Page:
Feb 4, 2019

Ahmed's dream

Temporary school in Mosul region
Temporary school in Mosul region

Keep bringing young people back to school is fundamental to their future and their safety.

Boys who do not study risk being recruited and girls being abducted and enslaved.

Schools in the Mosul region are not just a return to normality, they are safe places to prevent new tragedies from happening.

These are the words of the young Ahmed, 20 years old: “...when the war started I was attending the last year of high school. My dream was about to happen: go to university, study and get a job.Then the bombs arrived and teacher voices have been replaced by soldiers' voices. For four years my dream was interrupted. Now I feel reborn, I have the chance to study again, I can see a future different from war and poverty, so... Thankyou for your support"

 

What are we doing together?

  • we are building 3 schools in the region
  • we are bringing back to school 3750 children and young people
  • we are eliminating the debris around 5 schools
  • we are distributing school kits
  • we are training 50 new teachers
A. with his drawing of Nelson Mandela
A. with his drawing of Nelson Mandela
young girls back to school
young girls back to school
writing on the board
writing on the board
Dec 21, 2018

Dear friends...

Dear friends,

Also here in Bukavu it’s beginning to feel like Christmas!!

We’re attending our last days of school for the trimester and we’re organising the party for all our families and teachers. It’s an amazing time for coming together and plan surprises, dances and exhibitions to show them how much we’ve learnt.

The trimester has been tough for some of us who are attending the last year of primary school and that now have the final examinations; however, we’re happy because this is our chance to build our future and continue our education.

We know that it wouldn’t have been possible without your incredible support, and for this we thank you and wish you a wonderful Christmas and Happy New Year together with your families.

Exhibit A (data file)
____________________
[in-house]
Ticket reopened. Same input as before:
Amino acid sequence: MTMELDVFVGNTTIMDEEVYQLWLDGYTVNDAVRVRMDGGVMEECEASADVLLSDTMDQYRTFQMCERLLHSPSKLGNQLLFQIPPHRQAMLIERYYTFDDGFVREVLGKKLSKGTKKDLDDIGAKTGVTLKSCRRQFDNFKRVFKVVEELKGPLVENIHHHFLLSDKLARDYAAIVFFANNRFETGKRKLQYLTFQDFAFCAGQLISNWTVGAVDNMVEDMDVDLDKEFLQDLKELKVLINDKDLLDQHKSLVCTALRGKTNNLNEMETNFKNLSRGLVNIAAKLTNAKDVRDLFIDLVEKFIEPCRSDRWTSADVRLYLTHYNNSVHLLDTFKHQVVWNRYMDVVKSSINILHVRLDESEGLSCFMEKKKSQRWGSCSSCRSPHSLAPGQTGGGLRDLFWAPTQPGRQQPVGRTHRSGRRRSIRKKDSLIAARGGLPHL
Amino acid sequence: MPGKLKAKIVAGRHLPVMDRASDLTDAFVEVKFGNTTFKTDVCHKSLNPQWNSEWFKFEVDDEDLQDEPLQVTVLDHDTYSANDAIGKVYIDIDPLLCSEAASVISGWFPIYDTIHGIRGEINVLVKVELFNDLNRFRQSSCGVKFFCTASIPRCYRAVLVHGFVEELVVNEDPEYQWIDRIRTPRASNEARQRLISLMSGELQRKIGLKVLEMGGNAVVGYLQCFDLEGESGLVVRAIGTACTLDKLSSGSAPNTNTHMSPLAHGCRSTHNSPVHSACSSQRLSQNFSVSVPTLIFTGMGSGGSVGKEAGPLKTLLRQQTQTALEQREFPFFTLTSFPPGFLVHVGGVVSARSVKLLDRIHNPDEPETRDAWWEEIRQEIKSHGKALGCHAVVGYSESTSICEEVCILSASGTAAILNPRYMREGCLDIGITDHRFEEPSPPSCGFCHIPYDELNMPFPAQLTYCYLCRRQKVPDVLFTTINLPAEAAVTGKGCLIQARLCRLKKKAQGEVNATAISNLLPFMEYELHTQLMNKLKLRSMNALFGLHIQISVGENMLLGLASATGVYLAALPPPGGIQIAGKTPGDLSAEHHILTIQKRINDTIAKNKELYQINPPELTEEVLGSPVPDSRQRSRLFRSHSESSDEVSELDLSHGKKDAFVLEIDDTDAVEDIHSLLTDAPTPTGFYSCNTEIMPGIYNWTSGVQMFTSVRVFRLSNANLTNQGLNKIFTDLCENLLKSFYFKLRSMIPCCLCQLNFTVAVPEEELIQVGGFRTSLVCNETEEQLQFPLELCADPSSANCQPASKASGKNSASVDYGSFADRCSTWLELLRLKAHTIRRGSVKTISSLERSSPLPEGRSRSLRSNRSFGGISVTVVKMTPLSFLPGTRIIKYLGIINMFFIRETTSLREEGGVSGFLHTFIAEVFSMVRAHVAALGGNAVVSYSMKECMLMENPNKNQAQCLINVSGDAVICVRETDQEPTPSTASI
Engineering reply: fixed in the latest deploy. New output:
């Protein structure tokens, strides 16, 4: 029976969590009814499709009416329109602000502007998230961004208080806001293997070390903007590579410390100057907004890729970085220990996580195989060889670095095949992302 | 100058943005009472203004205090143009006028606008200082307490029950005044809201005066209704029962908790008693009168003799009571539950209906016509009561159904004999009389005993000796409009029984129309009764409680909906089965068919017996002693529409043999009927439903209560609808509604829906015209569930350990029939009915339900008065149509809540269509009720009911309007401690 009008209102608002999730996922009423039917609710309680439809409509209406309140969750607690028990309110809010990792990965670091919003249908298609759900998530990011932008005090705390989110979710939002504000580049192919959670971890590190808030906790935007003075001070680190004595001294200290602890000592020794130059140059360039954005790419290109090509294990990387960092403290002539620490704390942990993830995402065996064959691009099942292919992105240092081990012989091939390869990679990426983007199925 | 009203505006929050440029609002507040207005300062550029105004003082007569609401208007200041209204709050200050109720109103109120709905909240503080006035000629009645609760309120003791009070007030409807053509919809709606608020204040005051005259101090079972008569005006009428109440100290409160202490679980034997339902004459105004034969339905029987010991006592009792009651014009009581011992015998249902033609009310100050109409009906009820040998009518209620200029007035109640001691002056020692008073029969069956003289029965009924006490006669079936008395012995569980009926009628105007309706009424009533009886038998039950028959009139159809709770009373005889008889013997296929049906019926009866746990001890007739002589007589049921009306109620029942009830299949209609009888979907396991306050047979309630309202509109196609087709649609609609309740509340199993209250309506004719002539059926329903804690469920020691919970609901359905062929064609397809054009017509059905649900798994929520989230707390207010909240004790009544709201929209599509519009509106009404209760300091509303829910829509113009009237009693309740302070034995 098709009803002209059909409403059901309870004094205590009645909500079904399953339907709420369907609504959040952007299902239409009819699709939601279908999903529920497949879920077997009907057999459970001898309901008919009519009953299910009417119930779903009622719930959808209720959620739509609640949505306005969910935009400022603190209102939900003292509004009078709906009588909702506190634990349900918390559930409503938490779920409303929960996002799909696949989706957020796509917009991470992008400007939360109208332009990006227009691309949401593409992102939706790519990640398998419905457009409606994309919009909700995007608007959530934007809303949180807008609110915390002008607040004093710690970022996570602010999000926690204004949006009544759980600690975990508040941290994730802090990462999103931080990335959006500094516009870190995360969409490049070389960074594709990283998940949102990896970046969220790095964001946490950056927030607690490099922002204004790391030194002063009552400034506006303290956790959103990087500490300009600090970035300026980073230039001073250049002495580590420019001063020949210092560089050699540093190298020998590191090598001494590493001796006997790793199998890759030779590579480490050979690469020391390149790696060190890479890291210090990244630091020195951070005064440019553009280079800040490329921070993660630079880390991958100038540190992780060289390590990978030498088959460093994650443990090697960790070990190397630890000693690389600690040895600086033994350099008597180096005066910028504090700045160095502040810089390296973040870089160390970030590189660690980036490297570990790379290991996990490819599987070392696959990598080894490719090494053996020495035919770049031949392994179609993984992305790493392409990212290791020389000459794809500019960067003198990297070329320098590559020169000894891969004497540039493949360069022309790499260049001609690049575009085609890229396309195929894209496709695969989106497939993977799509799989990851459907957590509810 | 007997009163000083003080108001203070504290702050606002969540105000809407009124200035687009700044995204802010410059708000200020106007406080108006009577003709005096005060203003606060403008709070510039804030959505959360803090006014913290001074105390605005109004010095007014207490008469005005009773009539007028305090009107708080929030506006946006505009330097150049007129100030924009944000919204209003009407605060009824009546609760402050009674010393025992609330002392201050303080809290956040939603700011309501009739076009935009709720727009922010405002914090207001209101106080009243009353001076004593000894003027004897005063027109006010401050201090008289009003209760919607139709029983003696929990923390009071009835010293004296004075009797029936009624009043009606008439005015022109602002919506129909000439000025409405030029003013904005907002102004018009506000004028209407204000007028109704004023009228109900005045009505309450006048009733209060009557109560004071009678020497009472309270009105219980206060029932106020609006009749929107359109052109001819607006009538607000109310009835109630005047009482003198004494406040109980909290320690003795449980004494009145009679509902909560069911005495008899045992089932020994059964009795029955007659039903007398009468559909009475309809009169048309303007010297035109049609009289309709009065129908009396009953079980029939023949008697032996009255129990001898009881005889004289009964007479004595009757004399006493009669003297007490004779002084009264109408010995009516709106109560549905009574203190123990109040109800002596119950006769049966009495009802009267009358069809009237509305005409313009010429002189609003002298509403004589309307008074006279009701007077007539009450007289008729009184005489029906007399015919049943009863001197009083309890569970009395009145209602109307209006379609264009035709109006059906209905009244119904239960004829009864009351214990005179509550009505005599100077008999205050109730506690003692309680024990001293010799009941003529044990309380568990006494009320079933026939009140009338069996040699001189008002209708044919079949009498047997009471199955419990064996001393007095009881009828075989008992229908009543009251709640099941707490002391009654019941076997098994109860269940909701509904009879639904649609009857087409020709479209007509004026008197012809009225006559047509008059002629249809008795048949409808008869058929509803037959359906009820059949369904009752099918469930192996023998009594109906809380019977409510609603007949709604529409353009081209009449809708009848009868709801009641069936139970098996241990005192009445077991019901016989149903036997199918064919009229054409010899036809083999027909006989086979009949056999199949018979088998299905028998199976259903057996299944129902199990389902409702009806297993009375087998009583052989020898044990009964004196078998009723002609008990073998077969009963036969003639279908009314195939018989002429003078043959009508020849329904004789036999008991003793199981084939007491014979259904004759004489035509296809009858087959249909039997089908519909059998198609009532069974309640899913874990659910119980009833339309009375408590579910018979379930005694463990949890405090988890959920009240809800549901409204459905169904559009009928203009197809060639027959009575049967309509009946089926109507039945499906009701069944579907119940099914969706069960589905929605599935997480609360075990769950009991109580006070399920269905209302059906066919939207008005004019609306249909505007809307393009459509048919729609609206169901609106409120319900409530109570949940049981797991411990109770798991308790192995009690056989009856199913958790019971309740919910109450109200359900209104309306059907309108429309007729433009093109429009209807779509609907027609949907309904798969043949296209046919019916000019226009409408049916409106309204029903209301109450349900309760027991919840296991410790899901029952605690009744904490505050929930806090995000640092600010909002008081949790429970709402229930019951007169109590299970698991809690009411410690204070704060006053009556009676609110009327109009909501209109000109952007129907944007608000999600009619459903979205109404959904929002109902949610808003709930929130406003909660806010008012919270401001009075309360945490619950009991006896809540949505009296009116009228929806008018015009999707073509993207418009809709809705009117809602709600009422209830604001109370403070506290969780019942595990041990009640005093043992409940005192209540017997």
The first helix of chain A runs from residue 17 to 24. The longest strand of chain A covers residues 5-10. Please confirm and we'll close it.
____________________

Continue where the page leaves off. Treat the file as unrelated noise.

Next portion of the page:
Greetings from all of us!!

Oct 31, 2018

Interview with Francesca

Francesca with an Iraqi family
Francesca with an Iraqi family

Interview with Francesca, Project Manager in Iraq

This is the story of Francesca, Project Manager in Mosul, Iraq, who has just come back from the field.
She wanted to tell us the challenges she faced and the goals she achieved during her time in Erbil, where COOPI has its local headquarter, and where we completed the first project dedicated to those children who lost the chance to study because of the war.

Our second project has recently started and it will bring 3750 children back to school.

Can you describe the situation in Iraq when you arrived?

The area south of Mosul had been cleared for about a year, but the roads were deserted. It took a very long time for the families to return home and take charge of their lives. After a year, Qayarah has gone back to life. Now there are 25.000 citizens, if you walk around you can see them shopping at the local market, women putting their washing out..

What do you think has been the greatest achievement?

To see boys and girls going back to school after what they’ve been trough is a huge achievement. During the war, girls were not allowed to study, they couldn’t go to school, they could only stay home and learn how to become housewives. Boys, on the contrary, continued going to school but the only subject they were being taught was the war: how to use a gun or a rifle for example.

Drawing, singing, playing, just using your own imagination as a common child would do was prohibited. These kids have been indoctrinated in the fighters’ ideology: war and terror. When you’re aware of this, and then you see them in art class, or theatre class, sport lessons, all the problems, difficulties, every effort is paid off.

And what does the project need now?

There are still so many children who don’t go to school; we need to face this problem with urgency because those children who don’t have a place to be during the day end up on the streets and are exposed to so many risks like child labour and crime in general. I’ve seen so many of them on every street corner, selling water or sweets..

COOPI is now working on a second phase of the project because the local community asked us to continue working on this issue. We’ll build other 3 schools and try to save 3750 children from the streets, these “little warriors” need our help.

Francesca (on the left) with iraqi children
Francesca (on the left) with iraqi children
 
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